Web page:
actually impossible that the observer will be precisely there, but never
    mind. If you draw a small circle around that point, it's somewhat more
    likely that he will be in that circle than in any similar small circle
    drawn in the vicinity.
    If you move these LOPs outwards to encompass any
    >possibily of the fix position lying outside them they must be moved in
    >proportion. You end up with a larger triangle and an identical fix position
    >at its centre. Once the triangle is bigger than the earth the possibility of
    >it encompassing the fix is 100% but the fix position hasn't changed.
    Well, whatever position you started from, that would become true, but I
    don't see its relevance.
    >What would be useful is a method of calculating where, if not in the
    >triangle, the fix might lie. And even better, a method of quantifying the
    >error; putting a number to it; establishing a better fix position than the
    >centre of the triangle.
    Again, exactly what is Peter referring to when he says "the fix"? What he's
    asking for might be useful, but is impossible with random errors. Because
    they are random, you don't know what they are. If you did, you could allow
    for them, and then they wouldn't be random errors any more. They would
    become corrections.
    >In what seems so far a little noticed posting by George Bennett on the 24th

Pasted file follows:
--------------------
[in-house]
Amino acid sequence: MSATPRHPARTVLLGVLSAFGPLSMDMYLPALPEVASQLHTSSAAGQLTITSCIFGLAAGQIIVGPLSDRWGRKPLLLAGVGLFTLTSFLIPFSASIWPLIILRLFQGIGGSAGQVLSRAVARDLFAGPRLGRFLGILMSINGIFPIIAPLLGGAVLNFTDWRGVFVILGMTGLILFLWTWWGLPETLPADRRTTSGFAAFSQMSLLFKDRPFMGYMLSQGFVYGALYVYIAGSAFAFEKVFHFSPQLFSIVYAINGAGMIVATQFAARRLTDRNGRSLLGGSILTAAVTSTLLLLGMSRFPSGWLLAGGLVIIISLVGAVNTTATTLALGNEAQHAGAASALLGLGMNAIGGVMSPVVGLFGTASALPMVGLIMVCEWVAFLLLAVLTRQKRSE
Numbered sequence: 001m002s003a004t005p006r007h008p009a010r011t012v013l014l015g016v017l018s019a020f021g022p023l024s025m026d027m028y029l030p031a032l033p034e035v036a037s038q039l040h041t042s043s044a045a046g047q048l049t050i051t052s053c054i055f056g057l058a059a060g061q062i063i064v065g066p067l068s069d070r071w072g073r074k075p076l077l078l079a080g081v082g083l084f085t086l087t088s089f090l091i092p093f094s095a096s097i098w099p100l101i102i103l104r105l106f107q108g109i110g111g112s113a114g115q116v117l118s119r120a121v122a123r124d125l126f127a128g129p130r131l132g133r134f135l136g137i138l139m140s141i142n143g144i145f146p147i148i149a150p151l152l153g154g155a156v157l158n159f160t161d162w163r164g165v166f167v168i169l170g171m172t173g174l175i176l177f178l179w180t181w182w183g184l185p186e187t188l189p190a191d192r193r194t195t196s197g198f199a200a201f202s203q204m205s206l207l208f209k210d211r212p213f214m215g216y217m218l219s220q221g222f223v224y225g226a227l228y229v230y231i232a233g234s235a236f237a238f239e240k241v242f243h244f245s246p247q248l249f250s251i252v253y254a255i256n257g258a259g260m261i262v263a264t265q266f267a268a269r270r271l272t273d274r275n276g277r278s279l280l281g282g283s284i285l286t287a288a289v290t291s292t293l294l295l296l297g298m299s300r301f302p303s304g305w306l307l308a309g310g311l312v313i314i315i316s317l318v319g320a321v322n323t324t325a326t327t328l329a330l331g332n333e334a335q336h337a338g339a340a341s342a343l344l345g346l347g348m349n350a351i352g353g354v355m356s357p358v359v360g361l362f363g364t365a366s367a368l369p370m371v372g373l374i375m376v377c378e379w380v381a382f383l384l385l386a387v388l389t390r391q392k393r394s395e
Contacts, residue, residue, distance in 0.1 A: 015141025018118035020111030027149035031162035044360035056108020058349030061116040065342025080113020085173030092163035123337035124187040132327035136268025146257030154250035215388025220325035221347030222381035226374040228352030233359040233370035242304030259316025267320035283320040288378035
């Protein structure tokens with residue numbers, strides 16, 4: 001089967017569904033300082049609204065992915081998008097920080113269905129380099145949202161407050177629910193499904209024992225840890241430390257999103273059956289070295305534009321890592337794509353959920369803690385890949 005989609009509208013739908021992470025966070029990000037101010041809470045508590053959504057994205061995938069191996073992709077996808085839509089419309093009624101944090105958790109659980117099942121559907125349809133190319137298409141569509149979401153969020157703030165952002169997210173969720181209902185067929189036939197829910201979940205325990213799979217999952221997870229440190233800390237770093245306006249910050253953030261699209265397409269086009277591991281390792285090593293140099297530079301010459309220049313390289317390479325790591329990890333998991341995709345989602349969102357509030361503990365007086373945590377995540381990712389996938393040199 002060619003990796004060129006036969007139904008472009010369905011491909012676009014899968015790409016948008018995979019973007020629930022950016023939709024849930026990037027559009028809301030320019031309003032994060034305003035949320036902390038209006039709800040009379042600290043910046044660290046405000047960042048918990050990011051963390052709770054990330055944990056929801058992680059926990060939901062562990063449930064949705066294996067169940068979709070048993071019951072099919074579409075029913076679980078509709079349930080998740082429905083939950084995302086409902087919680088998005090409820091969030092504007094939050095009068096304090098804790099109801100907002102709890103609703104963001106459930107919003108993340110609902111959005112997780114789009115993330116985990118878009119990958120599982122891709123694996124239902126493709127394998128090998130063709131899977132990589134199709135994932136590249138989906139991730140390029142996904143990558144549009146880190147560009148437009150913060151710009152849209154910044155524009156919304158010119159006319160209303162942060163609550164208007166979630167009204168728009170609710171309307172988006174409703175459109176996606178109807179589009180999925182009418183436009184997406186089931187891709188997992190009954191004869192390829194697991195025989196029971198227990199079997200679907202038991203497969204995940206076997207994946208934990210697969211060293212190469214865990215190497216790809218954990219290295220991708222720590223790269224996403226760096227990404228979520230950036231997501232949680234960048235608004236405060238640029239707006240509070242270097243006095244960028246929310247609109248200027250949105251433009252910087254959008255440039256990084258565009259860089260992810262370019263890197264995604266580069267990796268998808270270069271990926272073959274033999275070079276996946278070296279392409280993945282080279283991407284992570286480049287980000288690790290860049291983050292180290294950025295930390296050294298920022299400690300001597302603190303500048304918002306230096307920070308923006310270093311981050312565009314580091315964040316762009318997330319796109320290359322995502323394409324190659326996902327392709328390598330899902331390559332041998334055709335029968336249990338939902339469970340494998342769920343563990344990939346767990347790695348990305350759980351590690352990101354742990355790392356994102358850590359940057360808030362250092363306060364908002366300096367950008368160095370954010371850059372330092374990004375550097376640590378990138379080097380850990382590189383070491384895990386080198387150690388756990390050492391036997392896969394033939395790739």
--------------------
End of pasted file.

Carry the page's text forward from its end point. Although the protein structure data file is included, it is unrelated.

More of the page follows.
>of May called 'Position Line Plots' a practical method for identifying and
    >quantifying systematic error has been proposed:
    Yes, I agree. I was intrigued by references to references to his book
    "Field Astronomy for Surveyors" and have just tracked-down and obtained a
    secondhand copy. It seems to be rare in this hemisphere.
    >'There is a technique ..... that allows the navigator to make a simple
    >analysis and assessment of his work'
    >I am still working my way through this posting but the implications for the
    >LOP controversy already seem profound.
    >This discussion will be easier with diagrams so please draw your own as we
    >go along.
    >Lets start with those 2 intersecting LOPs. If there is a systematic error
    >then it will be either towards the direction of the 2 azimuths or away.
    Sorry, but I'm lost already. Presumably Peter is discussing here LOPs from
    compass bearings of landmarks. Systematic error (allowing for variation the
    wrong way, let's say), causes those compass bearings to be too high (let's
    say). This would twist each erroneous bearing clockwise, so not "toward the
    direction" of the relevant azimuth, but at right angles to that direction.
    Then each LOP, drawn on the chart from that landmark, will be twisted in
    the same way.
    Perhaps it would help if Peter sent a simple diagram, if not through the
    list then backstage to those requesting it (me, please).
    >So instead of a 25% chance of the fix lying in 4 quadrants there is a 0% chance
    >of it lying in 2 opposing directions and 50% each for the other 2. In this
    >case the fix position lies along the line bisecting the two 50% quadrants,
    >passing through the intersection. It is still just a position line. For a
    >fix we need more.
    I need that diagram to understand this.
    >With 3 LOPs it gets a little more complicated and a little more interesting.